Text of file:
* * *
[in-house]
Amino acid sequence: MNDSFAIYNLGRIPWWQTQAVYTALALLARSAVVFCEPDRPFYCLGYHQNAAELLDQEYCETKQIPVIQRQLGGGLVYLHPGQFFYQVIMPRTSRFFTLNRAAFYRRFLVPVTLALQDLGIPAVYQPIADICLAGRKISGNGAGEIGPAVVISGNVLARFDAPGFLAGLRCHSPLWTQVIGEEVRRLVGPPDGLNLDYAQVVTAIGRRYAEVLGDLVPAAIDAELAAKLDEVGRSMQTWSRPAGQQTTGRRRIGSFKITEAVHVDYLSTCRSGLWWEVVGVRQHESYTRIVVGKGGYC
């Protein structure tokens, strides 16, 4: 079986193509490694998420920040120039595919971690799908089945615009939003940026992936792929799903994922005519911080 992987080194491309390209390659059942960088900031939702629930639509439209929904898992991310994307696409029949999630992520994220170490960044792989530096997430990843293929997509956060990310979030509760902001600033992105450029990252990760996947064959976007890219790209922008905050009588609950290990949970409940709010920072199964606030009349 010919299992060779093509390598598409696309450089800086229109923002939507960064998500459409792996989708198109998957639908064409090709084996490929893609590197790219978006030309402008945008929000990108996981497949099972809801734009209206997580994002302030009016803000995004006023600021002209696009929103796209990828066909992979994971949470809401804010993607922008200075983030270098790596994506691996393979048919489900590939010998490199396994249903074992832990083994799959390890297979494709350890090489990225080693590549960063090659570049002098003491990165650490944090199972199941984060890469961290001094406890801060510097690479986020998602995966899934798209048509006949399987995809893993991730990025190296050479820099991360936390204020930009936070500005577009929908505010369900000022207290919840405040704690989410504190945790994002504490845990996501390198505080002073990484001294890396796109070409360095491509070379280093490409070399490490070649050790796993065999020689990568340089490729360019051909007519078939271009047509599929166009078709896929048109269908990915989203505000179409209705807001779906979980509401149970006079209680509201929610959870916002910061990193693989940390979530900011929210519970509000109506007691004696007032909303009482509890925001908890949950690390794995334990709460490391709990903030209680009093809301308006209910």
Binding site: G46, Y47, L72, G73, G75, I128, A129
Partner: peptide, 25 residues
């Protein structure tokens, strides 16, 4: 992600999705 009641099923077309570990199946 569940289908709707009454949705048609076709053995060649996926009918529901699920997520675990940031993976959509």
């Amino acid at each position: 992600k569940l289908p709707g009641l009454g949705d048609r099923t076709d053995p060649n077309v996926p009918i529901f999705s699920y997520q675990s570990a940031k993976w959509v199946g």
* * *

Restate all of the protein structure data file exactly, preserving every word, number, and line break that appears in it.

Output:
[in-house]
Amino acid sequence: MNDSFAIYNLGRIPWWQTQAVYTALALLARSAVVFCEPDRPFYCLGYHQNAAELLDQEYCETKQIPVIQRQLGGGLVYLHPGQFFYQVIMPRTSRFFTLNRAAFYRRFLVPVTLALQDLGIPAVYQPIADICLAGRKISGNGAGEIGPAVVISGNVLARFDAPGFLAGLRCHSPLWTQVIGEEVRRLVGPPDGLNLDYAQVVTAIGRRYAEVLGDLVPAAIDAELAAKLDEVGRSMQTWSRPAGQQTTGRRRIGSFKITEAVHVDYLSTCRSGLWWEVVGVRQHESYTRIVVGKGGYC
């Protein structure tokens, strides 16, 4: 079986193509490694998420920040120039595919971690799908089945615009939003940026992936792929799903994922005519911080 992987080194491309390209390659059942960088900031939702629930639509439209929904898992991310994307696409029949999630992520994220170490960044792989530096997430990843293929997509956060990310979030509760902001600033992105450029990252990760996947064959976007890219790209922008905050009588609950290990949970409940709010920072199964606030009349 010919299992060779093509390598598409696309450089800086229109923002939507960064998500459409792996989708198109998957639908064409090709084996490929893609590197790219978006030309402008945008929000990108996981497949099972809801734009209206997580994002302030009016803000995004006023600021002209696009929103796209990828066909992979994971949470809401804010993607922008200075983030270098790596994506691996393979048919489900590939010998490199396994249903074992832990083994799959390890297979494709350890090489990225080693590549960063090659570049002098003491990165650490944090199972199941984060890469961290001094406890801060510097690479986020998602995966899934798209048509006949399987995809893993991730990025190296050479820099991360936390204020930009936070500005577009929908505010369900000022207290919840405040704690989410504190945790994002504490845990996501390198505080002073990484001294890396796109070409360095491509070379280093490409070399490490070649050790796993065999020689990568340089490729360019051909007519078939271009047509599929166009078709896929048109269908990915989203505000179409209705807001779906979980509401149970006079209680509201929610959870916002910061990193693989940390979530900011929210519970509000109506007691004696007032909303009482509890925001908890949950690390794995334990709460490391709990903030209680009093809301308006209910």
Binding site: G46, Y47, L72, G73, G75, I128, A129
Partner: peptide, 25 residues
């Protein structure tokens, strides 16, 4: 992600999705 009641099923077309570990199946 569940289908709707009454949705048609076709053995060649996926009918529901699920997520675990940031993976959509």
């Amino acid at each position: 992600k569940l289908p709707g009641l009454g949705d048609r099923t076709d053995p060649n077309v996926p009918i529901f999705s699920y997520q675990s570990a940031k993976w959509v199946g």